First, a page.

Emily: Journalists think we are special when it comes to revealing sources because protecting them gets us stories that the public benefits from knowing. Maybe the AP’s sources for this story weren’t whistleblowers. Since the government won’t tell us what triggered the subpoena, we don’t know. But yes, I do think that blanket orders for records like this one could deter whistleblowers. Consider the case of Thomas Drake, prosecuted for revealing information about waste and mismanagement at the National Security Agency that led to a prize-winningBaltimore Sun series. And consider the enormous number of classified documents and the probability that some of them are kept secret to avoid embarrassment rather than a breach of security. If you were a government employee with access to a secret like that, and you heard about Drake and the AP, wouldn’t you keep quiet? In assessing the threat to national security, it’s also important to note that the AP held back publication for a week—until the day before a government press conference about the foiled bomb plot. But, conceded, that doesn’t mean the leak itself didn’t pose a great risk. Why shouldn’t the government have to make that showing to a judge? That seems like a speed bump, not a red light. And it would address the “trust us” concern. Maybe even reassure whistleblowers, too.

Eric: You’re right to observe that government officials do not always have good incentives. I’d say they have mixed motives: (1) to protect the country and (2) to protect their hides when they fail at (1). But journalists harbor mixed motives as well. They want to disclose bad behavior among government officials, but they also want attention, Pulitzers, hits, readers—and nothing gets attention like stories about secret counterterrorism operations. The New York Times acted disgracefully by exposing the secret government program to trace money transfers among al-Qaida terrorists in a 2006 article written by Eric Lichtblau and James Risen. They did not expose government malfeasance; they exposed an intelligence operation that al-Qaida would henceforth know to evade. See Jack Goldsmith’s devastating evisceration of Lichtblau’s and his editors’ lame, self-serving rationalizations of their decisions to compromise this valuable intelligence program and others like it. I agree that courts can play a useful role in arbitrating disputes between the government and the press. But I am not convinced that they would have played a useful role here. The government had no legal obligation to seek approval from the courts, and even its harshest critics agree that if it had, a judge would have rubber-stamped the government’s request under the prevailing legal standard. So what exactly would have been accomplished? The problem is that judges are human beings like the rest of us; when confronted with national security justifications from government lawyers that they cannot directly test or verify, they have no choice but to defer to them, while the procedure would slow down the investigation. If it was a question of someone going to jail, courts would be less deferential, but the harm you describe—that potential whistleblowers in future potential cases may be deterred from talking to journalists—will have to yield to the government’s reasonable request for information so that it can conduct a criminal investigation.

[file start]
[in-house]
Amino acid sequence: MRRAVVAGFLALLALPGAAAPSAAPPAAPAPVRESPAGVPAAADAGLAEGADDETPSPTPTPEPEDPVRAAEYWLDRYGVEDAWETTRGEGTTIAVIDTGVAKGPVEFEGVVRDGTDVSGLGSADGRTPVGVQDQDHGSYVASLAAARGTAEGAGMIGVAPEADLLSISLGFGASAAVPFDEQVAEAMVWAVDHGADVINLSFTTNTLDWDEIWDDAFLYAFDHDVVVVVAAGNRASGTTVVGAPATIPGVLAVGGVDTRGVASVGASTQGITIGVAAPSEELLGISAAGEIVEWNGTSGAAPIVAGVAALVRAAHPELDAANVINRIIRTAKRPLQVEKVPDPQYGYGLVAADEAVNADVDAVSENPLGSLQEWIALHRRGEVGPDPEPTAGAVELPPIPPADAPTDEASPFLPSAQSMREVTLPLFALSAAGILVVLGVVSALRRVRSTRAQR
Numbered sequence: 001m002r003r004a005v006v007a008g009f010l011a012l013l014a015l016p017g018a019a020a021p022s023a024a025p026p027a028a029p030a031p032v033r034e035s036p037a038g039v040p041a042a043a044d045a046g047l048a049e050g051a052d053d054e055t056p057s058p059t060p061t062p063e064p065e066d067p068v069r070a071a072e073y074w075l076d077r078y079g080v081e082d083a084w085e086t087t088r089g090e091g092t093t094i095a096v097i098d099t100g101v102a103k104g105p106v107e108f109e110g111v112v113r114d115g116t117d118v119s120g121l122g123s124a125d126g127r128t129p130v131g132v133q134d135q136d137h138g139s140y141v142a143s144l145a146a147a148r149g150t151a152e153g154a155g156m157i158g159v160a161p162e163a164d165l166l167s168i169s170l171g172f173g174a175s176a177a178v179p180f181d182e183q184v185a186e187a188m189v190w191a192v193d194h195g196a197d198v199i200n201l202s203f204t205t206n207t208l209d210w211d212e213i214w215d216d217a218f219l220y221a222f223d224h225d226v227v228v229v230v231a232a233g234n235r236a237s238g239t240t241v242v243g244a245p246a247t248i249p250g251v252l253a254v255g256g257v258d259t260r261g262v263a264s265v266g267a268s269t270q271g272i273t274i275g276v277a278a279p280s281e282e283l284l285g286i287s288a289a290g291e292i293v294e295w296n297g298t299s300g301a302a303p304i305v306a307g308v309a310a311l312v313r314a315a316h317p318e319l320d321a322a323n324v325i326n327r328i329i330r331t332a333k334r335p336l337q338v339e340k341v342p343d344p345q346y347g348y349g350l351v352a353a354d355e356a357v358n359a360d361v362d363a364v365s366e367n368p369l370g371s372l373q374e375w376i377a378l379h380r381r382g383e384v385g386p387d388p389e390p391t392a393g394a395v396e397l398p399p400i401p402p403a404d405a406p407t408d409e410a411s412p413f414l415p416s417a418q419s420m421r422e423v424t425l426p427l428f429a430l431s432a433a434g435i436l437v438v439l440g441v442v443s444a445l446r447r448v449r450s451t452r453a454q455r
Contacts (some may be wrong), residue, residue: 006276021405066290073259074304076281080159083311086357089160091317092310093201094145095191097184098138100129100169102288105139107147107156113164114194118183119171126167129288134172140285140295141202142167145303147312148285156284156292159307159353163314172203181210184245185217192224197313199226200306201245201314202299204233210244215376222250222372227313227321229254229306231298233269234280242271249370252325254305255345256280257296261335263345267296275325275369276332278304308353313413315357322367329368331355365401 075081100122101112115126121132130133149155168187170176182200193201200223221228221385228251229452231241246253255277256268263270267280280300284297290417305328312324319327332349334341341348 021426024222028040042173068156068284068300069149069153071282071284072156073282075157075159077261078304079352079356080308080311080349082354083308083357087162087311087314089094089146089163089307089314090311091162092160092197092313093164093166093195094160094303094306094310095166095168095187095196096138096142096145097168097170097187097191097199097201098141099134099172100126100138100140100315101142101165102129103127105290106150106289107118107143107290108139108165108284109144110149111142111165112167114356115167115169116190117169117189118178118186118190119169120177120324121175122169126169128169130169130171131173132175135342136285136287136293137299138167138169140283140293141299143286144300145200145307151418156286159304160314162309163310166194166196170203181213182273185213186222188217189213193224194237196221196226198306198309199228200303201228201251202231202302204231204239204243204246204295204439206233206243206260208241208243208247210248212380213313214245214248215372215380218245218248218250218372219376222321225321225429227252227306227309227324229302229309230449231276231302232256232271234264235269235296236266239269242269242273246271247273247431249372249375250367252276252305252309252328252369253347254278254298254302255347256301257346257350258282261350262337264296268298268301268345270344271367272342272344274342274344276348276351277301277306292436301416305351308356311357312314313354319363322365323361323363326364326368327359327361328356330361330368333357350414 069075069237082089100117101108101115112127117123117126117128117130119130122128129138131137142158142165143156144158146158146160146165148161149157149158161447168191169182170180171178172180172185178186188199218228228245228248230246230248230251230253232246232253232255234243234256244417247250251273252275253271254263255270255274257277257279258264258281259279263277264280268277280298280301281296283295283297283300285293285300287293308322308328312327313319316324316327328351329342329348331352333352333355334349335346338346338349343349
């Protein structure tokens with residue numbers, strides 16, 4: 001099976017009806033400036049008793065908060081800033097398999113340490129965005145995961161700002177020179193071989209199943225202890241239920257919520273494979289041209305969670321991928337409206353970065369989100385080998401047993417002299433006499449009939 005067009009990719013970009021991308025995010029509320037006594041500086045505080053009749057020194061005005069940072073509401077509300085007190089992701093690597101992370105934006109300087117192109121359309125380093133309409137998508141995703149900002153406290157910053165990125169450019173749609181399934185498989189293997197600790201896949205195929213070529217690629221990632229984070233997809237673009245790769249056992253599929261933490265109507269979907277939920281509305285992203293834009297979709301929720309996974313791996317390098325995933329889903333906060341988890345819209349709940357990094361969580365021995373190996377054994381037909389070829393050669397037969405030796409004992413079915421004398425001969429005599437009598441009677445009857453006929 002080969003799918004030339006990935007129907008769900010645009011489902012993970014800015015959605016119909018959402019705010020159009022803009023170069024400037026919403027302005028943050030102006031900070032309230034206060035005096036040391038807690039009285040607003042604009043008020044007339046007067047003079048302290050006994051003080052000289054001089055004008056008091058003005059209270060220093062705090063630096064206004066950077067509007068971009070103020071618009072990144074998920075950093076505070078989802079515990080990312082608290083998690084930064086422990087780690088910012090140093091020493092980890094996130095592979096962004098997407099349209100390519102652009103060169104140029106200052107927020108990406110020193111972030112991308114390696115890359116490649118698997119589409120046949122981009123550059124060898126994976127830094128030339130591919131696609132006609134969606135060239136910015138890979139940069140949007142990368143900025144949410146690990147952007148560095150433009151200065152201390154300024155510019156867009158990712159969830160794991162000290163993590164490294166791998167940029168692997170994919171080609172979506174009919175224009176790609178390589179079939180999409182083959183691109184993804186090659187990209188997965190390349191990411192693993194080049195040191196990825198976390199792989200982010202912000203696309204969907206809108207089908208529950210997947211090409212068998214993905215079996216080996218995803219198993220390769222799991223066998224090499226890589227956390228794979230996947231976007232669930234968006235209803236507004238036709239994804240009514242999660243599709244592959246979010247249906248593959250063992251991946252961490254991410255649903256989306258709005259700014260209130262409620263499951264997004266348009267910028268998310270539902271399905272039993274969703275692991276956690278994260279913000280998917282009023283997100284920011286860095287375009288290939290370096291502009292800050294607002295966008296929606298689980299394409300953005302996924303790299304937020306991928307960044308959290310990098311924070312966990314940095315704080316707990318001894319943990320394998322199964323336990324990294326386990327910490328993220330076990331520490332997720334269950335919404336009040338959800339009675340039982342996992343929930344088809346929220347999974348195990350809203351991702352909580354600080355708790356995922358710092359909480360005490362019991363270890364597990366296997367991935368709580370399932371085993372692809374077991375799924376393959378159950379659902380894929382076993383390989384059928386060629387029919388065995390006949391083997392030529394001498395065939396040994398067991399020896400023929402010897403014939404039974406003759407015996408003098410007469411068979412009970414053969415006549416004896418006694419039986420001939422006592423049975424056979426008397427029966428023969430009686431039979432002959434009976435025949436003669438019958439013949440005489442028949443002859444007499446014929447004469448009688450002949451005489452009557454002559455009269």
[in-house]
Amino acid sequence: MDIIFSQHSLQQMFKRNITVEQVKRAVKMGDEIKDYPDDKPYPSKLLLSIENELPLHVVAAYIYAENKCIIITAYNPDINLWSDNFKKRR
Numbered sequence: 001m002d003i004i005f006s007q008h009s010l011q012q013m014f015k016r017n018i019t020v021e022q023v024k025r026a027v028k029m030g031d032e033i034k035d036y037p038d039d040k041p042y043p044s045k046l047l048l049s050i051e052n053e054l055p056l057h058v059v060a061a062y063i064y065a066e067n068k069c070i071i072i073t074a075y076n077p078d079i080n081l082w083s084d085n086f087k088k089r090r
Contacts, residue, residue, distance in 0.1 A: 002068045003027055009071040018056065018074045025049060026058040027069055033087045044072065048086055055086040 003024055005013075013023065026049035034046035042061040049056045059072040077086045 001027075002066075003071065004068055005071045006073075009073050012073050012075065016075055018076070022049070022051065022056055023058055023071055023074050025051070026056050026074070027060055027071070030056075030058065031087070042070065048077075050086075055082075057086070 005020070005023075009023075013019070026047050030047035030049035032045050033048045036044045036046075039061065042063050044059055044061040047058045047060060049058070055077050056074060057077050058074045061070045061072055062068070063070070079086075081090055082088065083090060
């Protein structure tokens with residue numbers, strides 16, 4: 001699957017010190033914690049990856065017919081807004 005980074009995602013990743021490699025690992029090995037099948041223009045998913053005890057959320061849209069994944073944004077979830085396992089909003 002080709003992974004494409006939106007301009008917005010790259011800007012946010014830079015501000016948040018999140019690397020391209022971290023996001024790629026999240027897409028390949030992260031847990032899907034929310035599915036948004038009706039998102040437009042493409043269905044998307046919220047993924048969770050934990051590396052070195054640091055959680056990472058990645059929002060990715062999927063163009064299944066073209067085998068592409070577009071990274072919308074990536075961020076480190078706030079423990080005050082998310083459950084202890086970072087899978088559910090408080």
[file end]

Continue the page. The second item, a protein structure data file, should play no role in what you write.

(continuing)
Emily: OK, we each have our example of excess: For me it’s the case of Thomas Drake, for you it’s the Lichtblau and Risen series. I see runaway prosecutors and you see a runaway press. I disagree that judges need be a rubber stamp. I’m sure you’re right that they approve most subpoena requests, and maybe that’s OK, because the government’s requests pass the smell test. But two examples to the contrary that give me comfort: In 2008, in the prosecution of another accused leaker, former CIA agent Jeffrey Sterling, New York Times reporter James Risen was subpoenaed about his sources for his book on the history of the CIA during the Bush administration. In 2011, Judge Leonie Brinkema ruled that Risen did not have to testify against Sterling. “A criminal trial subpoena is not a free pass for the government to rifle through a reporter’s notebook,” she wrote. There’s an example of an informed judge standing up to the government’s supposedly sacred invocation of national security. Here’s another older one of a judge standing up for the press: In 1973, Judge Charles Richey denied subpoenas that sought the identity of Deep Throat, the Washington Post’s Watergate source. “This court cannot blind itself to the possible chilling effect the enforcement of these subpoenas would have on the flow of information to the press and thus to the public,” he said in March 1973, in response to demands for documents from the Post and the NYT by Nixon’s re-election committee.

Brinkema’s decision is on appeal to the U.S. Court of Appeals for the Fourth Circuit—a year after arguments, that court has yet to hand down a ruling. Needless to say, I’m rooting for Risen. Brinkema said that going after a reporter’s sources should be a last resort, and that the government had other options in this case it hadn’t pursued. The deputy attorney generalclaims that’s not true of the AP probe. But again, why should we trust him, instead of a neutral arbitrator, to make this call?

The White House has tried to soothe the press by promising to reintroduce a federal shield law for journalists. The bill lapsed after the WikiLeaks document dump in 2010. Do you think a statute like this one is a good idea? Would it change anything?